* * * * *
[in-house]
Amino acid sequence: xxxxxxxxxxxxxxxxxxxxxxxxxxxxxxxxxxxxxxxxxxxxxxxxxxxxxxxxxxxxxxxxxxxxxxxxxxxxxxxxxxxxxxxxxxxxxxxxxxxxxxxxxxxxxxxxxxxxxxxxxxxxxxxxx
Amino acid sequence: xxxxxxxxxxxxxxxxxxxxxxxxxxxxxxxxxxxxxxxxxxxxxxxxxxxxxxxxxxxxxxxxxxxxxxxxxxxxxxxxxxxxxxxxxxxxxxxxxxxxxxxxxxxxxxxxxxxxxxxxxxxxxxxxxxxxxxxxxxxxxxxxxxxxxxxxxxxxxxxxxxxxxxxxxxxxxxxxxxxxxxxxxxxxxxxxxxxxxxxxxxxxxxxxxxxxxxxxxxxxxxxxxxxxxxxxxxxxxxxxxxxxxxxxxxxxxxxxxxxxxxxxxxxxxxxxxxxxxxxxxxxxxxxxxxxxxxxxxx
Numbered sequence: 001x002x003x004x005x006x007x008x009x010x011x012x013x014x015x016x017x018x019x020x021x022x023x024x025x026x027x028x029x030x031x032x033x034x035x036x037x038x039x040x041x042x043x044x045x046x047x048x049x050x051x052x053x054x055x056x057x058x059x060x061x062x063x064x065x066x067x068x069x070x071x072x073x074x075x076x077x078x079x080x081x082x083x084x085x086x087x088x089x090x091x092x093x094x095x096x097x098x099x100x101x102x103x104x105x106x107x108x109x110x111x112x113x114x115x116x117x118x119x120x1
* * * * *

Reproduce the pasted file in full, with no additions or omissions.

[in-house]
Amino acid sequence: xxxxxxxxxxxxxxxxxxxxxxxxxxxxxxxxxxxxxxxxxxxxxxxxxxxxxxxxxxxxxxxxxxxxxxxxxxxxxxxxxxxxxxxxxxxxxxxxxxxxxxxxxxxxxxxxxxxxxxxxxxxxxxxxx
Amino acid sequence: xxxxxxxxxxxxxxxxxxxxxxxxxxxxxxxxxxxxxxxxxxxxxxxxxxxxxxxxxxxxxxxxxxxxxxxxxxxxxxxxxxxxxxxxxxxxxxxxxxxxxxxxxxxxxxxxxxxxxxxxxxxxxxxxxxxxxxxxxxxxxxxxxxxxxxxxxxxxxxxxxxxxxxxxxxxxxxxxxxxxxxxxxxxxxxxxxxxxxxxxxxxxxxxxxxxxxxxxxxxxxxxxxxxxxxxxxxxxxxxxxxxxxxxxxxxxxxxxxxxxxxxxxxxxxxxxxxxxxxxxxxxxxxxxxxxxxxxxxx
Numbered sequence: 001x002x003x004x005x006x007x008x009x010x011x012x013x014x015x016x017x018x019x020x021x022x023x024x025x026x027x028x029x030x031x032x033x034x035x036x037x038x039x040x041x042x043x044x045x046x047x048x049x050x051x052x053x054x055x056x057x058x059x060x061x062x063x064x065x066x067x068x069x070x071x072x073x074x075x076x077x078x079x080x081x082x083x084x085x086x087x088x089x090x091x092x093x094x095x096x097x098x099x100x101x102x103x104x105x106x107x108x109x110x111x112x113x114x115x116x117x118x119x120x1